But some clients, struck by summit fever and knowing that they may only have one shot at the top, start to take risks and push safety limits. This is an expensive sport and acclimatization can take months. A high proportion of Everest climbers die on the mountain, which does not bode well for the track record of career Sherpas.
5. Are there famous Sherpas?
Sherpa crews, originally a footnote in the annals of European mountaineering expeditions, are now surpassing almost every nationality in summit records on every mountain in the Himalayas.
Tenzing Norgay Sherpa’s joint summit with Sir Edmund Hillary in 1953 is still the high point of Sherpa pride – also Tibetan and Indian pride, as those countries try to claim him as their own.
Whilst the late Norgay is Sherpa climbing royalty, rock star status goes to Apa Sherpa who in May 2011 claimed his 23rd summit, the biggest record. The nearest non-Sherpa record to approach this belongs to David Hahn who achieved his 14th summit of Mount Everest on May 26, 2012.
7. Why do Sherpas stick around Everest?
They don’t. Sherpas have always traveled a lot and still do so.
About 600 years ago they crossed the passes from present day Eastern Tibet into the Solukhumbu region seeking the fabled Shangri-la and opportunities to improve their lives.
With the southern approach to Mount Everest pioneered by Sir Edmund Hillary and Tenzing Norgay’s first summit in 1953, cash flooded in to the Sherpa clans of Solukhumbu.
Well-off Sherpas from Solukhumbu today likely send their kids to be educated in Kathmandu, or further afield.
Outside magazine reports that more than 5,000 Sherpas now live abroad, half of them in New York. Many ex-mountaineers are now driving cabs. Others have opened trekking-related businesses.
Sherpa communities can also be found in England, Australia and Germany where Ang Jangbu Sherpa flies a Boeing 767, according to Outside magazine.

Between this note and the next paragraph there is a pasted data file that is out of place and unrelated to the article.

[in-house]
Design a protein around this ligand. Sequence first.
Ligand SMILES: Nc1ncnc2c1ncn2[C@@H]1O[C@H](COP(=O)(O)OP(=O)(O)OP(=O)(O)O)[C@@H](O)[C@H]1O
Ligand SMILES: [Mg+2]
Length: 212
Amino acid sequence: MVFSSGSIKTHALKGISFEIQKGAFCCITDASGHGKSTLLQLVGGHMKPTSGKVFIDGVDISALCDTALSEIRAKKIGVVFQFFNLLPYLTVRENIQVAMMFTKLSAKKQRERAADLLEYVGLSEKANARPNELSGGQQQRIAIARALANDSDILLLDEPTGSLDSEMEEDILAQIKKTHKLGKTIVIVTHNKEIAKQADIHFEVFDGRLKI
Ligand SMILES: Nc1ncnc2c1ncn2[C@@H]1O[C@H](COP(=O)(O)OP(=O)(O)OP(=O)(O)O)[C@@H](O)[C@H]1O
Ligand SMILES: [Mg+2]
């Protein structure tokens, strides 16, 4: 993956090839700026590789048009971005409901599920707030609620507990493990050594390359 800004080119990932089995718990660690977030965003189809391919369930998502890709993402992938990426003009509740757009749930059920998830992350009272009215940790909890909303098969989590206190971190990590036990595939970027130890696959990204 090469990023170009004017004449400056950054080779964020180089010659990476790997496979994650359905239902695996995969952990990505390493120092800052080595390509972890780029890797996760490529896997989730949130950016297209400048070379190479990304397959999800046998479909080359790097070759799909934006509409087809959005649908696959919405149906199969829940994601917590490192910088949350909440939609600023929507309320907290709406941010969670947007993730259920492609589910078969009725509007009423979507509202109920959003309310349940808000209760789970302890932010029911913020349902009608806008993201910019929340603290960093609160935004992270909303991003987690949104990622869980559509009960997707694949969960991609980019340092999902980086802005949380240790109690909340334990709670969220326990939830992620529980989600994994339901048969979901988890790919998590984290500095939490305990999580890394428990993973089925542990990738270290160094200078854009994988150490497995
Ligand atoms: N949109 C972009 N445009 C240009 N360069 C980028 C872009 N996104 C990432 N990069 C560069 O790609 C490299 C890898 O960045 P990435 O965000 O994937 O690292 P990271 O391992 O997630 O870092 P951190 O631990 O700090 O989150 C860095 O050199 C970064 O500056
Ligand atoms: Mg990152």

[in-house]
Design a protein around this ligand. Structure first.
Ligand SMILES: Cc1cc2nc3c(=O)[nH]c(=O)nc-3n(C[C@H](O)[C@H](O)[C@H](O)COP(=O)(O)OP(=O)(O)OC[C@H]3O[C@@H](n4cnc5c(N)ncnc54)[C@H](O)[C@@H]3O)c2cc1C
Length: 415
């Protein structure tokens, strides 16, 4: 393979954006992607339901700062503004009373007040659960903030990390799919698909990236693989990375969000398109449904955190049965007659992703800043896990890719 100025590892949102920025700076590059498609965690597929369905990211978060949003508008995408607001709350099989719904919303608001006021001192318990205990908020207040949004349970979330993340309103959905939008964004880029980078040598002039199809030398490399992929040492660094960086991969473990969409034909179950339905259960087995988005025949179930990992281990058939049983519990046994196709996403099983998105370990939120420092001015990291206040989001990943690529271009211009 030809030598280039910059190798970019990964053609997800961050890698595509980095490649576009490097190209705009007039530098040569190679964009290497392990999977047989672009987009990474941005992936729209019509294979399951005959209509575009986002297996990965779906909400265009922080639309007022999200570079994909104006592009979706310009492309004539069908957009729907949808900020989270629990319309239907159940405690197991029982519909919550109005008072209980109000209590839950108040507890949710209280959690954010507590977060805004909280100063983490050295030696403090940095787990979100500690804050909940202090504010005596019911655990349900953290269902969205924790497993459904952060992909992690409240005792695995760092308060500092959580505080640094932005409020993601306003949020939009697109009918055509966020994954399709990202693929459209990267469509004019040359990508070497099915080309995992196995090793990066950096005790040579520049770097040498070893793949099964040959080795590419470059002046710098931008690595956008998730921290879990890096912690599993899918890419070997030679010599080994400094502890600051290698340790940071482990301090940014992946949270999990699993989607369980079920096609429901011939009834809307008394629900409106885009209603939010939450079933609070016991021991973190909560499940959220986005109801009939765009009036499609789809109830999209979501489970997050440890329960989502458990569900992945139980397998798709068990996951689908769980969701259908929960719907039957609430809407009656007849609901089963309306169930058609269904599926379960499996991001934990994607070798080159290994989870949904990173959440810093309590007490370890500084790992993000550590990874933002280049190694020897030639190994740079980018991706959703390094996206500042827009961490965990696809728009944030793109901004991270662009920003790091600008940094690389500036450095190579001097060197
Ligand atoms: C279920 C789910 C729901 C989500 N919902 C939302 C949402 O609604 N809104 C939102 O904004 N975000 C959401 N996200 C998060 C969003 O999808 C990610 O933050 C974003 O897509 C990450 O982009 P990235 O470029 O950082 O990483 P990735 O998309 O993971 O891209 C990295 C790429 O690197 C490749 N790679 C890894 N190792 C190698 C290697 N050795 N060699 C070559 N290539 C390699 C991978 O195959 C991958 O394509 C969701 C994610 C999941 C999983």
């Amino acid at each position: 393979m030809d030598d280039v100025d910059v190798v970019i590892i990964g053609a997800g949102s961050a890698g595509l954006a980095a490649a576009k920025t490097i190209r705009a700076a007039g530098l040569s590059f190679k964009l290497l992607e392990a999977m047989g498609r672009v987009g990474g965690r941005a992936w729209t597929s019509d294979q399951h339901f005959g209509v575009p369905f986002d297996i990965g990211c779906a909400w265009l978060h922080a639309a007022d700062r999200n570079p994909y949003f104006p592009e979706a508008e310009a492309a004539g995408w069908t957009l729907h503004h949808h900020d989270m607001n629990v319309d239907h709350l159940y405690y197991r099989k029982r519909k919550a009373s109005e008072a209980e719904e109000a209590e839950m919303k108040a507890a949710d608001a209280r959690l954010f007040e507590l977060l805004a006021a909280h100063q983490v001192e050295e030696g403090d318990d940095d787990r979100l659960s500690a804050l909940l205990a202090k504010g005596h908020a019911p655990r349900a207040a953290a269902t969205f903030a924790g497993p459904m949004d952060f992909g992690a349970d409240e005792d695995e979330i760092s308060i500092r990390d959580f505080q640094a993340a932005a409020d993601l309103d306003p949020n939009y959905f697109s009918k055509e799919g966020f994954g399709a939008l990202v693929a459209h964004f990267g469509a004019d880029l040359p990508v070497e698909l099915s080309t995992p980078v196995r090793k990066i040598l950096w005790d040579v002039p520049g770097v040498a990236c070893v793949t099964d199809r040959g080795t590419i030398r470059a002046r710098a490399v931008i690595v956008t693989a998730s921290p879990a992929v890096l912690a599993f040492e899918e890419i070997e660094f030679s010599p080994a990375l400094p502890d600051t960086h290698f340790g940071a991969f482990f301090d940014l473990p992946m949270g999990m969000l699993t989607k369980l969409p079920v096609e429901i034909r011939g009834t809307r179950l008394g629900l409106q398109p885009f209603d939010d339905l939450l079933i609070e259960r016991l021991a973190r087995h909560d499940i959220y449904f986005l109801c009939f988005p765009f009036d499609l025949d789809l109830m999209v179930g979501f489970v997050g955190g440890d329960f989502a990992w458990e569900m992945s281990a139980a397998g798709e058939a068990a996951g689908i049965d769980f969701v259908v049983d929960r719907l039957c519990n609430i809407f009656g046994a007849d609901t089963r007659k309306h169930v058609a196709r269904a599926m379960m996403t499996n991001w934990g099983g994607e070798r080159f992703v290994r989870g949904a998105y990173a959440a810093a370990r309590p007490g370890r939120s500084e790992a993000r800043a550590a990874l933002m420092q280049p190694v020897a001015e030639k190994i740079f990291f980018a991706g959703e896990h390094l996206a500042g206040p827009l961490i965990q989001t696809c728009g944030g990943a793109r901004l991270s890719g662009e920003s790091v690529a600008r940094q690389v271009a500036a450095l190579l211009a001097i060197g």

8. Do all Sherpas like climbing?
For Sherpas the highest mountain peaks are the homes of the gods and should be revered from afar – not conquered. The obsession with summiting was originally a European thing.
Even for those Sherpas who do climb and assist expeditions up the mountains, many of them believe accidents occur when due respect is not paid to the gods.
Puja, a prayer ceremony with offerings to the gods, must precede a climbing expedition. Jon Krakauer described the anxious foreboding of the Sherpas at the lack of respect during the party-like puja ceremony that preceded the disastrous 1996 Mount Everest expedition. It ended in the death of eight people, including revered and highly experienced climbers.
9. Why is everyone called Pasang, Lakpa or Pemba?
Deepak Thamal wrote in Himal magazine that one of the reasons fame might elude Sherpas is the difficulty in differentiating between individual Sherpa’s names.
“When a Sherpa is not a Dorje Lhakpa, he is a Lhakpa Dorje. Moreover, the Sherpa custom of naming children after the days of the week leads to too many Pasang Sherpas, Pemba Sherpas, and Phurba Sherpas,” wrote Thamal.
Many Sherpas are named after the day of the week. Pasang is Friday, Pemba is Saturday. This custom places the child under the protection of that day’s deity.
Many Sherpa children also receive a virtue name such as Lhamo which means “beautiful,” or Gyaltshen which means “courageous speech.”
On top of this there are a bunch of commonly used names such as Tenzing (meaning steadiness and support) from the scriptures of Tibetan Buddhism.
Here is a list of Sherpa names: www.sherpakyidug.org.
10. What do Sherpas eat?
You have to eat pretty well to climb those mountain paths, right?
Dal Bhaat is what fuels many Sherpas - this dish is a staple in Nepal: a heap of white rice alongside curried veg and lentil juice. Sherpas have to stay fueled when they are traversing the mountain so frequently.
A carb-based diet is also important to ensure muscle isn’t lost and the Sherpas stay on their toes.
Editor’s note: This article was previously published in 2012. It was reformatted, updated and republished in 2017.